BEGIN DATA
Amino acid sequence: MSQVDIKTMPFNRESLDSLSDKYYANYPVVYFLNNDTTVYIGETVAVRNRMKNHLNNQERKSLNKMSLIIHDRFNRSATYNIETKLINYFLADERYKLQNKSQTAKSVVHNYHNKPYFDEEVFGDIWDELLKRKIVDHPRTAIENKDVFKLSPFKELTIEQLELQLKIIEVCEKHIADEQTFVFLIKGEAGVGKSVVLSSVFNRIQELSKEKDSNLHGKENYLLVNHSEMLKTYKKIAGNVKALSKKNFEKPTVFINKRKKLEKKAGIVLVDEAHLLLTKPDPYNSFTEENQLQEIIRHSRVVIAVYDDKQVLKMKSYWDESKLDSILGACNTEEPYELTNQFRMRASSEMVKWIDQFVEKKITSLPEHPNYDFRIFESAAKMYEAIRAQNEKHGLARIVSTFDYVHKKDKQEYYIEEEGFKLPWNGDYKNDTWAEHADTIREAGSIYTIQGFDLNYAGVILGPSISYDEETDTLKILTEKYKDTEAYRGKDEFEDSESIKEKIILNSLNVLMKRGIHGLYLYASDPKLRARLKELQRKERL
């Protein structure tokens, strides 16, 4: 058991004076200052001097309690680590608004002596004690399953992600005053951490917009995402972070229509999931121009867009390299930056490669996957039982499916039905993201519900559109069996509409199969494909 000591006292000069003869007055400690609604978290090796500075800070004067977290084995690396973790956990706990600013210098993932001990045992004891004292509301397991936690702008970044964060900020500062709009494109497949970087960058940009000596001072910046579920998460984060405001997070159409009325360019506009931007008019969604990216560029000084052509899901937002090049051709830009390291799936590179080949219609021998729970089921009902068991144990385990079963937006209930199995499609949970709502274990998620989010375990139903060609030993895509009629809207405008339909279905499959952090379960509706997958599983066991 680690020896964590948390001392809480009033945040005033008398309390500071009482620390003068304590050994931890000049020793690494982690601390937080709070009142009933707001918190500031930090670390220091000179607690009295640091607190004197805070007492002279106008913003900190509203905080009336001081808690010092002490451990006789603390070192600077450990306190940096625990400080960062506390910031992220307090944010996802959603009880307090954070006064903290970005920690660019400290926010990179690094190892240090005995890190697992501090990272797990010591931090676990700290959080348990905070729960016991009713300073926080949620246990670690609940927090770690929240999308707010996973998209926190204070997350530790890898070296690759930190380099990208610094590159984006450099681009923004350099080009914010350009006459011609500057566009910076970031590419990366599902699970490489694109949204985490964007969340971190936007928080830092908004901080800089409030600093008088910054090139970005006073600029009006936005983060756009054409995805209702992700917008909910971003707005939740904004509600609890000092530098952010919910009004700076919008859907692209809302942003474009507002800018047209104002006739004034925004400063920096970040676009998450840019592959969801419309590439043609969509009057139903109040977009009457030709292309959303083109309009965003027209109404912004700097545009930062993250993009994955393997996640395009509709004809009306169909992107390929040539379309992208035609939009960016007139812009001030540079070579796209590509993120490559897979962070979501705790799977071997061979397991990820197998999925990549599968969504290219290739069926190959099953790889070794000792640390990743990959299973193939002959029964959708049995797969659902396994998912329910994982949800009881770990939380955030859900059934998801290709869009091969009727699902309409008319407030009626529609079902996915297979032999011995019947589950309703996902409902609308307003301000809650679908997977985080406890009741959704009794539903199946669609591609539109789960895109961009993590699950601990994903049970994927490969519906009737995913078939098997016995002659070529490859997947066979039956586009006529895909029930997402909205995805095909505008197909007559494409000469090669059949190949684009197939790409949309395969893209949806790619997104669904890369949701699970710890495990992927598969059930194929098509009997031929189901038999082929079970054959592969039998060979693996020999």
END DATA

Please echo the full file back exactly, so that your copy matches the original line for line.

Amino acid sequence: MSQVDIKTMPFNRESLDSLSDKYYANYPVVYFLNNDTTVYIGETVAVRNRMKNHLNNQERKSLNKMSLIIHDRFNRSATYNIETKLINYFLADERYKLQNKSQTAKSVVHNYHNKPYFDEEVFGDIWDELLKRKIVDHPRTAIENKDVFKLSPFKELTIEQLELQLKIIEVCEKHIADEQTFVFLIKGEAGVGKSVVLSSVFNRIQELSKEKDSNLHGKENYLLVNHSEMLKTYKKIAGNVKALSKKNFEKPTVFINKRKKLEKKAGIVLVDEAHLLLTKPDPYNSFTEENQLQEIIRHSRVVIAVYDDKQVLKMKSYWDESKLDSILGACNTEEPYELTNQFRMRASSEMVKWIDQFVEKKITSLPEHPNYDFRIFESAAKMYEAIRAQNEKHGLARIVSTFDYVHKKDKQEYYIEEEGFKLPWNGDYKNDTWAEHADTIREAGSIYTIQGFDLNYAGVILGPSISYDEETDTLKILTEKYKDTEAYRGKDEFEDSESIKEKIILNSLNVLMKRGIHGLYLYASDPKLRARLKELQRKERL
């Protein structure tokens, strides 16, 4: 058991004076200052001097309690680590608004002596004690399953992600005053951490917009995402972070229509999931121009867009390299930056490669996957039982499916039905993201519900559109069996509409199969494909 000591006292000069003869007055400690609604978290090796500075800070004067977290084995690396973790956990706990600013210098993932001990045992004891004292509301397991936690702008970044964060900020500062709009494109497949970087960058940009000596001072910046579920998460984060405001997070159409009325360019506009931007008019969604990216560029000084052509899901937002090049051709830009390291799936590179080949219609021998729970089921009902068991144990385990079963937006209930199995499609949970709502274990998620989010375990139903060609030993895509009629809207405008339909279905499959952090379960509706997958599983066991 680690020896964590948390001392809480009033945040005033008398309390500071009482620390003068304590050994931890000049020793690494982690601390937080709070009142009933707001918190500031930090670390220091000179607690009295640091607190004197805070007492002279106008913003900190509203905080009336001081808690010092002490451990006789603390070192600077450990306190940096625990400080960062506390910031992220307090944010996802959603009880307090954070006064903290970005920690660019400290926010990179690094190892240090005995890190697992501090990272797990010591931090676990700290959080348990905070729960016991009713300073926080949620246990670690609940927090770690929240999308707010996973998209926190204070997350530790890898070296690759930190380099990208610094590159984006450099681009923004350099080009914010350009006459011609500057566009910076970031590419990366599902699970490489694109949204985490964007969340971190936007928080830092908004901080800089409030600093008088910054090139970005006073600029009006936005983060756009054409995805209702992700917008909910971003707005939740904004509600609890000092530098952010919910009004700076919008859907692209809302942003474009507002800018047209104002006739004034925004400063920096970040676009998450840019592959969801419309590439043609969509009057139903109040977009009457030709292309959303083109309009965003027209109404912004700097545009930062993250993009994955393997996640395009509709004809009306169909992107390929040539379309992208035609939009960016007139812009001030540079070579796209590509993120490559897979962070979501705790799977071997061979397991990820197998999925990549599968969504290219290739069926190959099953790889070794000792640390990743990959299973193939002959029964959708049995797969659902396994998912329910994982949800009881770990939380955030859900059934998801290709869009091969009727699902309409008319407030009626529609079902996915297979032999011995019947589950309703996902409902609308307003301000809650679908997977985080406890009741959704009794539903199946669609591609539109789960895109961009993590699950601990994903049970994927490969519906009737995913078939098997016995002659070529490859997947066979039956586009006529895909029930997402909205995805095909505008197909007559494409000469090669059949190949684009197939790409949309395969893209949806790619997104669904890369949701699970710890495990992927598969059930194929098509009997031929189901038999082929079970054959592969039998060979693996020999």